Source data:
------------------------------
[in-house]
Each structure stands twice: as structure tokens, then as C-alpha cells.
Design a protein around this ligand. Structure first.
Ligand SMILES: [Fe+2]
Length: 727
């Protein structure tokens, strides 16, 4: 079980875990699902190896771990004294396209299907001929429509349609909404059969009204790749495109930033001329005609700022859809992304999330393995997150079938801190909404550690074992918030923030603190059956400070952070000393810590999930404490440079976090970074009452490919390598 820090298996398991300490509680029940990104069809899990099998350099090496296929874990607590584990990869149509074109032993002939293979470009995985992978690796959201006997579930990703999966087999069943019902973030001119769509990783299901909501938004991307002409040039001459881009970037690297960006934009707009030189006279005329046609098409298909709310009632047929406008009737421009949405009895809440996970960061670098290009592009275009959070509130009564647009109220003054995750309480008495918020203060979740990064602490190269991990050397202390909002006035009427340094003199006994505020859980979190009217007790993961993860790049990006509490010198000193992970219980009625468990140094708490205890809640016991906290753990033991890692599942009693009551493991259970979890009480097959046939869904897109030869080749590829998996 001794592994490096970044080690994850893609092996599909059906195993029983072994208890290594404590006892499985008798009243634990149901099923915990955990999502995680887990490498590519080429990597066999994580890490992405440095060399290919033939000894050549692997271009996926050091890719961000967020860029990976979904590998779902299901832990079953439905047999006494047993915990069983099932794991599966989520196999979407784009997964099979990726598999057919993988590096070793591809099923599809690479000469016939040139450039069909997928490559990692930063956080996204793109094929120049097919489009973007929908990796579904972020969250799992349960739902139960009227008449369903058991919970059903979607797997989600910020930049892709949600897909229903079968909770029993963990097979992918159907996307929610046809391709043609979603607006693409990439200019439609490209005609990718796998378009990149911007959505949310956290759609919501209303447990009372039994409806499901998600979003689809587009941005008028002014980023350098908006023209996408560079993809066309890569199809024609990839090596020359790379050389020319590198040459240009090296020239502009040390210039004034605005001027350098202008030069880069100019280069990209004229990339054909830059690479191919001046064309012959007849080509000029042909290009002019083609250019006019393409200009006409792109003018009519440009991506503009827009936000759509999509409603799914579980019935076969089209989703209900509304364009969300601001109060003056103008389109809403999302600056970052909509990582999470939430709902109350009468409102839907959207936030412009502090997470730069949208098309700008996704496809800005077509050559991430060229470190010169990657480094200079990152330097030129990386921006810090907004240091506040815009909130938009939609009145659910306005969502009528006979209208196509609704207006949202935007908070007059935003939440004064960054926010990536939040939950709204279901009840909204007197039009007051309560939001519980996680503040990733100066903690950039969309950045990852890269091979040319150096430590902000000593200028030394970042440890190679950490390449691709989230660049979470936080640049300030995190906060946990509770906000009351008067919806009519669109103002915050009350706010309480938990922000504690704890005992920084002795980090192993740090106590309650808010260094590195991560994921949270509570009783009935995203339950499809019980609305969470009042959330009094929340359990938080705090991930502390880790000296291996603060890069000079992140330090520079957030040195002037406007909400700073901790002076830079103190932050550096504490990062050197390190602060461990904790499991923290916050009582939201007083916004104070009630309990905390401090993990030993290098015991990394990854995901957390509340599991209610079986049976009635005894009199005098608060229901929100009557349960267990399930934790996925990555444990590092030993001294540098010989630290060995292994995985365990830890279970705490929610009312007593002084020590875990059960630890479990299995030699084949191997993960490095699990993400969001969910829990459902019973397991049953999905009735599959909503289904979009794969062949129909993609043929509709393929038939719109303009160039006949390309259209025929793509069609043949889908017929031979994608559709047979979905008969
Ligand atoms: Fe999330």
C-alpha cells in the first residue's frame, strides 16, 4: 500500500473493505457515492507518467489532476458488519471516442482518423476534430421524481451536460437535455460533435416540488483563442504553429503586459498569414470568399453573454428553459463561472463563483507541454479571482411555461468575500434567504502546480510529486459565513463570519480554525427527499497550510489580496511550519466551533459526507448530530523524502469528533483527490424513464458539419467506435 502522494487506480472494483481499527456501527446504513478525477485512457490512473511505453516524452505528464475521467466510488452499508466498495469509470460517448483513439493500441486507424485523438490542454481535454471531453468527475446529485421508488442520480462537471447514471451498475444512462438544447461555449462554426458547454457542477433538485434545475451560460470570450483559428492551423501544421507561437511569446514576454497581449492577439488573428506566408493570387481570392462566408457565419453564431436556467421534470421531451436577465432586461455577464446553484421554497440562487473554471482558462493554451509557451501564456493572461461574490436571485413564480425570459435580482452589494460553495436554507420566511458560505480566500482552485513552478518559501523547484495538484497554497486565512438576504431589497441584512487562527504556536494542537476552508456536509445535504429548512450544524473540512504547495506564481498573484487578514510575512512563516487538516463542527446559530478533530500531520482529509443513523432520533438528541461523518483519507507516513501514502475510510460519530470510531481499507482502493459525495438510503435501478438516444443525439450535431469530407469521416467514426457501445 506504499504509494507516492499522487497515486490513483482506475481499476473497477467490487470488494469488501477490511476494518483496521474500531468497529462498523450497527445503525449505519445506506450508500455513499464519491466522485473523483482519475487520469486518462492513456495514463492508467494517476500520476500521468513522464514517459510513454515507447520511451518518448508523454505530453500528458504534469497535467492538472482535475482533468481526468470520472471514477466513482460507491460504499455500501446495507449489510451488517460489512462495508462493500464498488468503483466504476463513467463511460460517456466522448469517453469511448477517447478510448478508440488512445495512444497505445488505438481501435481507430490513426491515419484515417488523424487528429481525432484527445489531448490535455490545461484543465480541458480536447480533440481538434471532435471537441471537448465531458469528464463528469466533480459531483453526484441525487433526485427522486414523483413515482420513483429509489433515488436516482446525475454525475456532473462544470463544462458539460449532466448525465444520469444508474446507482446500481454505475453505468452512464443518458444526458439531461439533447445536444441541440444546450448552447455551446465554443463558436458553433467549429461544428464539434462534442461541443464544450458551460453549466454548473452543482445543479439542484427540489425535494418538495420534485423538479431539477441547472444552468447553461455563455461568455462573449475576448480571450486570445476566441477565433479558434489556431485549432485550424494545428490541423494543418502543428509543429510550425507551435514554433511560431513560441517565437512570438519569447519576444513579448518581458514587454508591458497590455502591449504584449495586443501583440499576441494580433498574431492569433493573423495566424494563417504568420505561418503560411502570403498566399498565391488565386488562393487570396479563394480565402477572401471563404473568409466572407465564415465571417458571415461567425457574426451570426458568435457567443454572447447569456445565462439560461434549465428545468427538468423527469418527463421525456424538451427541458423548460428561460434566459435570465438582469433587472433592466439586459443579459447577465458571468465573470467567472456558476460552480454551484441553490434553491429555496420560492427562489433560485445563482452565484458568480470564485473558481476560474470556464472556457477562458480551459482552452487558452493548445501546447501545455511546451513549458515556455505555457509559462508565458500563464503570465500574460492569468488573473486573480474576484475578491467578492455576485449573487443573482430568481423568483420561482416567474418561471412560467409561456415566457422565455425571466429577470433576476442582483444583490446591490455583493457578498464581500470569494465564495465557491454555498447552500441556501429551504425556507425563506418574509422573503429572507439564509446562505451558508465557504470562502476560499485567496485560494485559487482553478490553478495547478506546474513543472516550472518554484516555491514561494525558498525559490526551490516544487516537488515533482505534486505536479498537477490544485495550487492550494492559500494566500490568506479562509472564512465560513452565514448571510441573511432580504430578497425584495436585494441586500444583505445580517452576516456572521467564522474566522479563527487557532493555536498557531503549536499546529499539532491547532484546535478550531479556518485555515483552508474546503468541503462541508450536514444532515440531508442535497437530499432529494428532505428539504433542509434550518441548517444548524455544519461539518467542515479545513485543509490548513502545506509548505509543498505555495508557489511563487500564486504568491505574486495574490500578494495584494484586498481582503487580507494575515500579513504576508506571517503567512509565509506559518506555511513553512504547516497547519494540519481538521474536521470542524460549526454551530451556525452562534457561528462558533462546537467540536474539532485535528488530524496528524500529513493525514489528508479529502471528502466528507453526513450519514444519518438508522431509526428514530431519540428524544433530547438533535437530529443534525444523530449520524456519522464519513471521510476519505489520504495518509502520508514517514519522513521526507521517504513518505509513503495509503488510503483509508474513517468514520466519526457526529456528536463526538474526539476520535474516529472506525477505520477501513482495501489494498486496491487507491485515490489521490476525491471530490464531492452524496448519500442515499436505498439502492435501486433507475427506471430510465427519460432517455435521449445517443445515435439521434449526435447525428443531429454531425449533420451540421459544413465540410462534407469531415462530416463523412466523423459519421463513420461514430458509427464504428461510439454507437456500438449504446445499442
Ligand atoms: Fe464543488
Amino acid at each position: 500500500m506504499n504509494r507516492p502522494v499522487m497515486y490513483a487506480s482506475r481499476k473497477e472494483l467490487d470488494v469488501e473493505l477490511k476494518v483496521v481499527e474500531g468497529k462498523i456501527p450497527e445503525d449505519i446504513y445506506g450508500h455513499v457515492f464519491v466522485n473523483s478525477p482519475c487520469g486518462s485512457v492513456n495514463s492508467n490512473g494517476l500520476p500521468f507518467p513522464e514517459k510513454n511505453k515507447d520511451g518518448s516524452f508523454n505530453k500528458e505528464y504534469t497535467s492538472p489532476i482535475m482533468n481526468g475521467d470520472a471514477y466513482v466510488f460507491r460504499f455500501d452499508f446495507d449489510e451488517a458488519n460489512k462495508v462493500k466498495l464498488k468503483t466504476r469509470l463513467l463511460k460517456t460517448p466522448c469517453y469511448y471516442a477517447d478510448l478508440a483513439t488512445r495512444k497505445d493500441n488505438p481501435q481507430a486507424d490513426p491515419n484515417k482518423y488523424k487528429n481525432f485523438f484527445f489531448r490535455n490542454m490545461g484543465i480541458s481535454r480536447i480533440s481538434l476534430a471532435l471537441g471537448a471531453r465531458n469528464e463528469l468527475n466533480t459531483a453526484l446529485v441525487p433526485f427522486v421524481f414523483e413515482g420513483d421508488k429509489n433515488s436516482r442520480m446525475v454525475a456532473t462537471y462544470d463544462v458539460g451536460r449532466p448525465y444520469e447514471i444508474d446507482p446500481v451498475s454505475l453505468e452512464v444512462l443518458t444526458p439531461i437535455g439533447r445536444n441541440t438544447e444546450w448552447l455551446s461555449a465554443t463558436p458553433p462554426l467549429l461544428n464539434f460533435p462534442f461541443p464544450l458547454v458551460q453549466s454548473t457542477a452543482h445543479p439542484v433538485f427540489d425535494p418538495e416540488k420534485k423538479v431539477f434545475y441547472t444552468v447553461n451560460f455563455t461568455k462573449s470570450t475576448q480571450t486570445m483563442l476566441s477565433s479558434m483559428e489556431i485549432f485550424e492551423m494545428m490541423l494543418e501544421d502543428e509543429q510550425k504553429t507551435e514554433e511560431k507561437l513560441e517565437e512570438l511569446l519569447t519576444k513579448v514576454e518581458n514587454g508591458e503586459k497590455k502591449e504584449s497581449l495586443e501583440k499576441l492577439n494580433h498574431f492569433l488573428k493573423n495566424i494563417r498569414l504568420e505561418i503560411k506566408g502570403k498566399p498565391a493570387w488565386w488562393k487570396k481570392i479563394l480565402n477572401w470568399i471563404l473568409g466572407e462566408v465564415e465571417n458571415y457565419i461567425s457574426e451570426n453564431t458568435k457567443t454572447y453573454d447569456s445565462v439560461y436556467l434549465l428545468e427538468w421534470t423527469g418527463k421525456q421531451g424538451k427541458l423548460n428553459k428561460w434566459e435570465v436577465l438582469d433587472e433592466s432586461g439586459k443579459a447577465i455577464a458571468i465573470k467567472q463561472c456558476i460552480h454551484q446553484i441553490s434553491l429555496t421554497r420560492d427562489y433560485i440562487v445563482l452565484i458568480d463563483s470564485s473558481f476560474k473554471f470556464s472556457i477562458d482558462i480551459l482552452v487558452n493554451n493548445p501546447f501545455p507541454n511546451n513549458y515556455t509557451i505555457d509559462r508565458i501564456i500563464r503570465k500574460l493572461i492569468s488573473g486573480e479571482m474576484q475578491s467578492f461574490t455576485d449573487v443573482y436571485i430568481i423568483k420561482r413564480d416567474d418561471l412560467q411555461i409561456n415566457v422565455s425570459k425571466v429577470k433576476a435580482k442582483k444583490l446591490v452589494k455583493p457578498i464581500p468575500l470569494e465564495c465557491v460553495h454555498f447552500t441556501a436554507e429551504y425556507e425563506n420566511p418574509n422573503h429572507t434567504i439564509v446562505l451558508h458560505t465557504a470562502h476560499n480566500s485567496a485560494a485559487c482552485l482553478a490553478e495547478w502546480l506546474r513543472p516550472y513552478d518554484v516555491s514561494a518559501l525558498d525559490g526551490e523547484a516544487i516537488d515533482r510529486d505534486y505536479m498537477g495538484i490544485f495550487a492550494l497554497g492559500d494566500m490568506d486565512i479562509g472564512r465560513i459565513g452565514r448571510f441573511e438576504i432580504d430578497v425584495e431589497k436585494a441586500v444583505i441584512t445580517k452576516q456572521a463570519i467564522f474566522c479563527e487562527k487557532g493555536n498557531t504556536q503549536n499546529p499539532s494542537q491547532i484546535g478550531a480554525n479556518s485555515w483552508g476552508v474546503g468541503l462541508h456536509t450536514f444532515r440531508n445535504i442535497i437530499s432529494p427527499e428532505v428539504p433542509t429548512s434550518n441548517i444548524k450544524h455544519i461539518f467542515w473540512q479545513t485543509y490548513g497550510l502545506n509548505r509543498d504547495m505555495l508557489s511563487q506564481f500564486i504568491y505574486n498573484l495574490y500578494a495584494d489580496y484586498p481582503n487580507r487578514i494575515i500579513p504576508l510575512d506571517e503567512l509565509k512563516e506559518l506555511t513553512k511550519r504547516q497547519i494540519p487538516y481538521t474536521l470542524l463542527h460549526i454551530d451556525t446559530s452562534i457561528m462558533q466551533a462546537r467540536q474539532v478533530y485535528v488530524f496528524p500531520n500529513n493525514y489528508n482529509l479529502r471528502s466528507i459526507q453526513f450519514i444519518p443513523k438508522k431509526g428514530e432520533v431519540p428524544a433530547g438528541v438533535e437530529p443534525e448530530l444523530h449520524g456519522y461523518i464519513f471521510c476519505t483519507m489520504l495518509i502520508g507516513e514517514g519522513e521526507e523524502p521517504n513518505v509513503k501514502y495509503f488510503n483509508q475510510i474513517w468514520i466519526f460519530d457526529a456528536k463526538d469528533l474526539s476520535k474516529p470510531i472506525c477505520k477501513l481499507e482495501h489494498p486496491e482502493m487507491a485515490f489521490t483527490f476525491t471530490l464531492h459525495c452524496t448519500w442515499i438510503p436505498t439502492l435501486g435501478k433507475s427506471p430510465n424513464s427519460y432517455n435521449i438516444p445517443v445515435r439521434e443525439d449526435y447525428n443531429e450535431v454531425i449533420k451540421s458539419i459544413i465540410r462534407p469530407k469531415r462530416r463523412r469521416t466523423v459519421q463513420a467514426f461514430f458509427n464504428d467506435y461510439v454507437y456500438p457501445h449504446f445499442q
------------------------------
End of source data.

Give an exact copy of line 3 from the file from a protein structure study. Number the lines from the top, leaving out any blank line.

Design a protein around this ligand. Structure first.